Note, this isn’t scepticism about underlying policy or philosophy.  Heavyweights on either side – e.g. Forbes (for) and WSJ (against) – continue to debate.  Companies may, or may not, have a social responsibility.  But, motivation aside, behaviour indicates value.  90% of Fortune 500 companies have explicit CSR objectives.  Half issue specific CSR reports1.  Even two-thirds of crusty CFOs see return, says McKinsey.

But it is serious scepticism about the current value of CSR presentation investment.   All too often CSR campaigns appear worthy and unfocused.  Just-in-case insurance policies, they ‘tick’ the politically- correct compliance ‘box’.  Yet how they work – or to what intended hard business outcome (if any) -remains unclear.

But the research case for the value of strategic planned CSR communication really is building.  And, as Keynes supposedly said, “when the facts change…”  Here’s how.

Evidence and Engagement

The B2C research ‘jury’ is already long-term supportive.  Active CSR promotion drives positive brand and product evaluations.  It also increases both satisfaction and loyalty2.

Now new US research3 is surprisingly positive about B2B.  For corporate comms professionals, it offers a practical evidenced prescription.

As a necessary preliminary, the new work distinguishes two forms of CSR engagement for B2B:

  • Business practice (BP) CSR focuses on e.g. employees and customers: think brand     sponsorship or cause-related product marketing.
  • Philanthropic (PH) CSR addresses e.g. community and third-sector: think community volunteering, social marketing or corporate charitable contributions.

BP CSR and Trust

In the B2B context, BP delivers trust and (ultimately) enhanced loyalty.  The BP toolkit is particularly powerful, the research finds, in three specific scenarios:

  • Compensating high market uncertainty or turbulence
  • Supporting/shifting product perceptions
  • Offsetting infrequent customer engagement and shallow relationships.

How and why does it work?   BP is practical or ‘instrumental.  Grounded in classic social exchange theory, it’s based on competitive ‘survival’ drivers and highlights concrete actions. This is active stakeholder marketing in which something is clearly ‘traded’.  And the acquired strong CSR reputation signals trustworthiness.

PH CSR and Belonging

But now posit situations where trust is necessary but not sufficient.  Where, say:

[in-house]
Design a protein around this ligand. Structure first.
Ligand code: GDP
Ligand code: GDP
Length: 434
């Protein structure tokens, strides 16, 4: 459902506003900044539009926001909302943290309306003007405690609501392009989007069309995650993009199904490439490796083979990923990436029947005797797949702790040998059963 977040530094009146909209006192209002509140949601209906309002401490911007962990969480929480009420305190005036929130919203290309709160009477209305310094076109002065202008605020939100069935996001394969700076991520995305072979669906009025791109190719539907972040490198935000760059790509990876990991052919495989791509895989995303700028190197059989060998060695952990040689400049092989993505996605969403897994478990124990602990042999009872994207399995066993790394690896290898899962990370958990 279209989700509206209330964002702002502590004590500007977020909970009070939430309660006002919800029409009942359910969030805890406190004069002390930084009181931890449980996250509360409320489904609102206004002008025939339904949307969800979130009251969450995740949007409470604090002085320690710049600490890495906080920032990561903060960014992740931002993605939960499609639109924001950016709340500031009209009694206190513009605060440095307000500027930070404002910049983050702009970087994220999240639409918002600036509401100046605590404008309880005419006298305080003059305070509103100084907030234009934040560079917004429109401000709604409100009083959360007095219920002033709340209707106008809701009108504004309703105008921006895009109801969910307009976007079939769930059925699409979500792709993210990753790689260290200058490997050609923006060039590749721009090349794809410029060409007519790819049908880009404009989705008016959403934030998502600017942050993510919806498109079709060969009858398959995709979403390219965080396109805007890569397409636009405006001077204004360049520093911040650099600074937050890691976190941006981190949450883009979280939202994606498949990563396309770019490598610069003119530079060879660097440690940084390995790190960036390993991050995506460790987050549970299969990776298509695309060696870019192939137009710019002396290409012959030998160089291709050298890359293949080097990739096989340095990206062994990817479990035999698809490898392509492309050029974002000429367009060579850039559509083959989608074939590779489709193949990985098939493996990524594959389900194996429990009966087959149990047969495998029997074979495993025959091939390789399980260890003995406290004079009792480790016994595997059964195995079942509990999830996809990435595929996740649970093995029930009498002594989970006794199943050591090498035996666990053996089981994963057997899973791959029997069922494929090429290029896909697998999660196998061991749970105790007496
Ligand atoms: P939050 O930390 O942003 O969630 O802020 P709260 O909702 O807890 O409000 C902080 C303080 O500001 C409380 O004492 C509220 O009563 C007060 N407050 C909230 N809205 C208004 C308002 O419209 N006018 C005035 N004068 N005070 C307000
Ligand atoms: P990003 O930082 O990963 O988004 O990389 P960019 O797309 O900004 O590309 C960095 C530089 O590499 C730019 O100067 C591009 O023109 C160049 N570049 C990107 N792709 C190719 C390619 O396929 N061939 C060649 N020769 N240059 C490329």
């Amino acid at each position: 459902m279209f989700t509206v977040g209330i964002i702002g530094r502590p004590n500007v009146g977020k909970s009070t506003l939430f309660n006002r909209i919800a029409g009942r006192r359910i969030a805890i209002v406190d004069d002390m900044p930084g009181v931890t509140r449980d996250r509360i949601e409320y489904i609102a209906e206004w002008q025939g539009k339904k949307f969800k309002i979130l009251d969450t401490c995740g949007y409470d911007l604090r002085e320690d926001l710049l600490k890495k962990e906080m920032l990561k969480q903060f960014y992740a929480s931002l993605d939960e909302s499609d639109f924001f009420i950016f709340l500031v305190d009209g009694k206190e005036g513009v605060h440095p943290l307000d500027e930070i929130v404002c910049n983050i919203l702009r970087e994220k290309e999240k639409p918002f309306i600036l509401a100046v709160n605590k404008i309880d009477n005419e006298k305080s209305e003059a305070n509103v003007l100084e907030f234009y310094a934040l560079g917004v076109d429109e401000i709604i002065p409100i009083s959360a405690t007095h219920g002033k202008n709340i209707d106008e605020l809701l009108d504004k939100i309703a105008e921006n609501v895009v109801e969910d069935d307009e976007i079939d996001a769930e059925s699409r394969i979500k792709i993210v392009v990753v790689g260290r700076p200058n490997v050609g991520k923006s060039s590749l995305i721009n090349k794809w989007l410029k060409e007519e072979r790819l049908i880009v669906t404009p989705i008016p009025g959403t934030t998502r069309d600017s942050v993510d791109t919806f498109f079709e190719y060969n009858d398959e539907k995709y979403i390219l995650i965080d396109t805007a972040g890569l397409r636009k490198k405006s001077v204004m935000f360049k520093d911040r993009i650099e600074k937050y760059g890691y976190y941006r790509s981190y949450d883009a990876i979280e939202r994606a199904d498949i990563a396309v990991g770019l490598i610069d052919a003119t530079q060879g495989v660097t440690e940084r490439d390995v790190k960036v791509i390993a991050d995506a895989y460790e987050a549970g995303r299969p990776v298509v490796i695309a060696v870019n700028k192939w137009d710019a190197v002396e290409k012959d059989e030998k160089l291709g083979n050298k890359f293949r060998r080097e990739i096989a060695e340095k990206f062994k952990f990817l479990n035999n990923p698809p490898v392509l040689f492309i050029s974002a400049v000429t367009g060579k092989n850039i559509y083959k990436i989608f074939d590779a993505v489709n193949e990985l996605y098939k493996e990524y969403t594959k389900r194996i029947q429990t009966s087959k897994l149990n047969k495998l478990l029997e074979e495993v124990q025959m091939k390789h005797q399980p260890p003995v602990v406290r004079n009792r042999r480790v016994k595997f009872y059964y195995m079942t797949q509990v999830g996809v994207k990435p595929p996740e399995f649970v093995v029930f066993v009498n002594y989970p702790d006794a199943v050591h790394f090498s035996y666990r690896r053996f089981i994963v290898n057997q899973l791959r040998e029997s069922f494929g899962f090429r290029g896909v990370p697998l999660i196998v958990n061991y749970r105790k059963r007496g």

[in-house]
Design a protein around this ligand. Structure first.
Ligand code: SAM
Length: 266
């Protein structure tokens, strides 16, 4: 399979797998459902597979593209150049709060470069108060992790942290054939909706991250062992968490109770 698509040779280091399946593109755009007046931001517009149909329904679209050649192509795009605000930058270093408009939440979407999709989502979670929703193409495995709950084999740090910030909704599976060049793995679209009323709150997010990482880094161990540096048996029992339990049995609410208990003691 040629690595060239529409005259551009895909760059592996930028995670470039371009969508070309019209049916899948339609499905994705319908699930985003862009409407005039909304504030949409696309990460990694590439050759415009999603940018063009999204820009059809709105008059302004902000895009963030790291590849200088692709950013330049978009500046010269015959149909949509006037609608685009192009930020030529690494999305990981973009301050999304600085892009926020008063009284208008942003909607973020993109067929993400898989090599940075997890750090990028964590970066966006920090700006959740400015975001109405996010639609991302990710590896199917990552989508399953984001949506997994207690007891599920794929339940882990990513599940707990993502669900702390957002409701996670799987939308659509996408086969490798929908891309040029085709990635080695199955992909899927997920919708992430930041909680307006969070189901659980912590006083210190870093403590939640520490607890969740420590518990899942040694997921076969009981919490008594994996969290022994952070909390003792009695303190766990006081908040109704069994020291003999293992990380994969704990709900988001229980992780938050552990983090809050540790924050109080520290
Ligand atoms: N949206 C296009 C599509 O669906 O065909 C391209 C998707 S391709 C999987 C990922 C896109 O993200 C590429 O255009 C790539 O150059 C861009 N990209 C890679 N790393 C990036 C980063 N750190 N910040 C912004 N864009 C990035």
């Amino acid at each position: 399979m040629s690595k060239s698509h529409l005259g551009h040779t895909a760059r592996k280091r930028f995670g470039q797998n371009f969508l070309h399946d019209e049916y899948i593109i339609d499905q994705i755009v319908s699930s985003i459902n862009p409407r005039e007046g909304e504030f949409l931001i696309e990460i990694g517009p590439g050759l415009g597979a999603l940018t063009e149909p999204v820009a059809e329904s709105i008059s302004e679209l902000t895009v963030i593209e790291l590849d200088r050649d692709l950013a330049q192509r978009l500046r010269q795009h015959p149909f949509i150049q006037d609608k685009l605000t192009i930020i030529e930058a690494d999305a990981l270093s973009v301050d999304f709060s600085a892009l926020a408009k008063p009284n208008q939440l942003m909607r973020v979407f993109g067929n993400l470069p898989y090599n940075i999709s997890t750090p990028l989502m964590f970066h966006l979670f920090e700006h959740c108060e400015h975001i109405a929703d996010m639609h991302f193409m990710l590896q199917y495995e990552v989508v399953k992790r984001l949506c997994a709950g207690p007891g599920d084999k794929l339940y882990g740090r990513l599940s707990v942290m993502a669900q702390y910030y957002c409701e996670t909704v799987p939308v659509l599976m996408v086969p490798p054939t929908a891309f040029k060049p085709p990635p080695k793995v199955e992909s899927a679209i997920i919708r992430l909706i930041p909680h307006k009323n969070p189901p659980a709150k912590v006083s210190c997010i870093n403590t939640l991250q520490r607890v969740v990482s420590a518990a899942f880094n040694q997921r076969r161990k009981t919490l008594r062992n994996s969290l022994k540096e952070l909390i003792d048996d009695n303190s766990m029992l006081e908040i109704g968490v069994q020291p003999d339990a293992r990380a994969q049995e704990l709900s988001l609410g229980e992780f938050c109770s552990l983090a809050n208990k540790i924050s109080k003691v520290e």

• Competitive market intensity is high
  • Or the customer itself reveals a strong CSR orientation.

If your task is to create a strong association – or ‘belongingness’ – then, prompts the research, switch to the PH toolkit.

How and why?  PH activities are soft: expressive, emotional, even ‘warm and fuzzy’.  They  signal the societal or ethical.  Their outcomes are human welfare and goodwill.  They drive measurable customer identification.

So let’s leave philosophy and political correctness to others.  Even this long-term sceptic concurs: as a communications toolkit, it seems to work.  Embrace it!


Hope you enjoyed the latest blog.  Thanks for reading and do please comment.  For earlier and regular updates join me on Astrophel for publications and blog or on Linkedin and Twitter.  

(1) Luo and Bhattacharya (2009), Journal of Marketing, 73 (6) 198-213.  (2) Bhattacharya and Sen (2003), Journal of Marketing, 67 (2) 76-88. (3) Homburg, Stierl and Bornemann (2013), Journal of Marketing, 77 (6) 54-72.


Bill Nichols

16 December 2011

Bill Nichols

One More Time: Authenticity vs Perception – Which Rules in PR?

001-November 2012

For product marketers, the ‘proof of the pudding’ is key. Truth, they assert, will out. Only once can you sell someone a dodgy motor, shoddy clothing or, yes, a bundle of subprime mortgages. Commit to consistent high quality every time everywhere and it will deliver brand loyalty and positive reputation.

“Ah yes, but”, respond the communicators, “perception is king.” They will argue that it’s what people believe that counts. With the right messages, positioning and narrative, blue can be red, up down and hot cold. You can paint Obama as a rabid socialist, Romney as a 21st-century Gradgrind and shove any mediocre also-ran product into the limelight. Continue reading